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The lipopeptides pseudofactin II and surfactin effectively decrease Candida albicans adhesion and hydrophobicity.

Biniarz P, Baranowska G, Feder-Kubis J, Krasowska A - Antonie Van Leeuwenhoek (2015)

Bottom Line: When microplates were pre-coated with biosurfactants, PF II was less active than SU, but when cells were incubated together with biosurfactants, the activity of both compounds was similar, independent of the CSH of strains.This suggests irreversible changes in the cell wall after the treatment with biosurfactants.Preincubation of C. albicans with biosurfactants caused extraction of cell wall proteins with molecular mass in the range of 10-40 kDa, which is one possible mechanism of action of the tested lipopeptides.

View Article: PubMed Central - PubMed

Affiliation: Faculty of Biotechnology, University of Wrocław, ul. Fryderyka Joliot-Curie 14a, 50-383, Wrocław, Poland.

ABSTRACT
A serious problem for humans is the propensity of Candida albicans to adhere to various surfaces and its ability to form biofilms. Surfactants or biosurfactants can affect the cell surfaces of microorganisms and block their adhesion to different substrates. This study investigated adhesion of C. albicans strains differing in cell surface hydrophobicity (CSH) to polystyrene microplates in order to compare the ability of lipopeptide biosurfactants pseudofactin (PF II) and surfactin (SU) to prevent fungal adhesion to polystyrene. The biosurfactants decreased adhesion of tested strains by 35-90 % when microplates were conditioned before the addition of cells. A 80-90 % reduction of adhesion was observed when cells were incubated together with lipopeptides in microplates. When microplates were pre-coated with biosurfactants, PF II was less active than SU, but when cells were incubated together with biosurfactants, the activity of both compounds was similar, independent of the CSH of strains. When cells were preincubated with lipopeptides and then the compounds were washed out, the adhesion of hydrophobic strains increased two times in comparison to control samples. This suggests irreversible changes in the cell wall after the treatment with biosurfactants. CSH of hydrophobic strains decreased only by 20-60 % after incubation with biosurfactants while adhesion decreased by 80-90 %; the changes in cell adhesion can be thus only partially explained through the modification of CSH. Preincubation of C. albicans with biosurfactants caused extraction of cell wall proteins with molecular mass in the range of 10-40 kDa, which is one possible mechanism of action of the tested lipopeptides.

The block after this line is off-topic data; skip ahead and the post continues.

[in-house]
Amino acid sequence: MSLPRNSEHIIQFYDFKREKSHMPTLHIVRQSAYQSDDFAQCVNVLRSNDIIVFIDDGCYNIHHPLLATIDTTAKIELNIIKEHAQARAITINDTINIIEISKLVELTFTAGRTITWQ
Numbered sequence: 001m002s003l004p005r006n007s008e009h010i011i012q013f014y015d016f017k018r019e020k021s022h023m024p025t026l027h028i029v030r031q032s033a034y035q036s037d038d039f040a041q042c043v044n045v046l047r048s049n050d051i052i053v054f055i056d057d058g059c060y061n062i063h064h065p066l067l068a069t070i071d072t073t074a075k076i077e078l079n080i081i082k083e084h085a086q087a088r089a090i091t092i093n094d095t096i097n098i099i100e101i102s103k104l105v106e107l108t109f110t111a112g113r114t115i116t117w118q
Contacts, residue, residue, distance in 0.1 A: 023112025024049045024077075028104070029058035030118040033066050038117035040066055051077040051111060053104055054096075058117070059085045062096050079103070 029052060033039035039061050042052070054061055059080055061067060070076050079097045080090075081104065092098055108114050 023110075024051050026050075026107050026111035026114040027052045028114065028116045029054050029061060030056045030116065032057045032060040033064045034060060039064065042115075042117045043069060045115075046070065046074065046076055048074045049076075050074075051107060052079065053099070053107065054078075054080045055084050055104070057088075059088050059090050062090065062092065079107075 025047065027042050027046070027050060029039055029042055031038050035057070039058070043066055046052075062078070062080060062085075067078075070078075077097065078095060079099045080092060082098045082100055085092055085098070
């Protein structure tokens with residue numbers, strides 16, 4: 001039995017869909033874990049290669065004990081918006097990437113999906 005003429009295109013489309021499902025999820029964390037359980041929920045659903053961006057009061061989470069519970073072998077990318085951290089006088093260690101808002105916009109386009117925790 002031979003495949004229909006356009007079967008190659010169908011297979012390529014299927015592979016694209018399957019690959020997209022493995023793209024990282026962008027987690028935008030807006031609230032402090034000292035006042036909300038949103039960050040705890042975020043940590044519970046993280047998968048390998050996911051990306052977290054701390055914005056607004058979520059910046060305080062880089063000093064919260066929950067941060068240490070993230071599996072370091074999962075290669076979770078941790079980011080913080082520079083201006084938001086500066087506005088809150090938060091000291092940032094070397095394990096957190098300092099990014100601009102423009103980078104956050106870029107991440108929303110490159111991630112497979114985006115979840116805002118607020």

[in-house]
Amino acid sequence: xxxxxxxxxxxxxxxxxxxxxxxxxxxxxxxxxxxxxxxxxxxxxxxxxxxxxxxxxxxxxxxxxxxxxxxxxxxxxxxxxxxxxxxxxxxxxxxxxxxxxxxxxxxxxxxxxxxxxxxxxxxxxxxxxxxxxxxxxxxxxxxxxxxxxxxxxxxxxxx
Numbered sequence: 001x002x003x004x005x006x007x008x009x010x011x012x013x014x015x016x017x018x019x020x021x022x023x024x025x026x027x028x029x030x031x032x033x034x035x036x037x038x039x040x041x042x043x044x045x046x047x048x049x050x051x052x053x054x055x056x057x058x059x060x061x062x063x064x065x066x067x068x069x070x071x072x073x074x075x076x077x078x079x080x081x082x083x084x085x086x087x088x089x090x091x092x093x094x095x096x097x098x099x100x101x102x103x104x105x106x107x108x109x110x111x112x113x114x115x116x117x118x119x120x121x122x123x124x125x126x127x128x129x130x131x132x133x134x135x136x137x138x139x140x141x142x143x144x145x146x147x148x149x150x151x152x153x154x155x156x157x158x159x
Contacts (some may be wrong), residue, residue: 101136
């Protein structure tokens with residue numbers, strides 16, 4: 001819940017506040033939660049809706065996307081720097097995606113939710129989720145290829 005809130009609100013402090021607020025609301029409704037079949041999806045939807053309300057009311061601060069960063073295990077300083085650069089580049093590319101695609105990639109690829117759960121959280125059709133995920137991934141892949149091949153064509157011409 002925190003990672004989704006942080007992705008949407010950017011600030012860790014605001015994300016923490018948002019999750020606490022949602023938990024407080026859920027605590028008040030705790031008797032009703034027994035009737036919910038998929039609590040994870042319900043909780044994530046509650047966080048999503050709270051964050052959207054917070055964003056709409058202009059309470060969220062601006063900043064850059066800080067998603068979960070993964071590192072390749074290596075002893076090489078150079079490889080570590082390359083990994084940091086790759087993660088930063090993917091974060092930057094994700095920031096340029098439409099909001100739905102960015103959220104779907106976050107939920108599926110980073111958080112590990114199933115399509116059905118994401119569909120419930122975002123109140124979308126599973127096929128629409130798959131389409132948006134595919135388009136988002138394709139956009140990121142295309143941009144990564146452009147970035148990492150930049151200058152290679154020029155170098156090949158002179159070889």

No MeSH data available.


Related in: MedlinePlus

Propidium iodine (PI) fluorescence and differential interference contrast (DIC) microphotographs of C. albicans cells incubated with 0.1 mg/ml PF II or 0.015 mg/ml SU in comparison with control samples (C) and 1 % SDS as positive controls
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Fig8: Propidium iodine (PI) fluorescence and differential interference contrast (DIC) microphotographs of C. albicans cells incubated with 0.1 mg/ml PF II or 0.015 mg/ml SU in comparison with control samples (C) and 1 % SDS as positive controls

Mentions: To exclude the possibility of contamination of cell-free supernatants (Fig. 7) with cytoplasmic proteins, we analyzed viability and membrane permeability of Candida cells with fluorescence microscopy (Fig. 8). The lack of propidium iodine (PI) fluorescence in control samples and cells incubated with lipopeptides indicate that cells were viable and membranes permeability was undisturbed (Fig. 8), which also confirms viability results shown earlier (Fig. 2). In contrast, cells treated with 1 % SDS showed significant fluorescence of dead cells.Fig. 8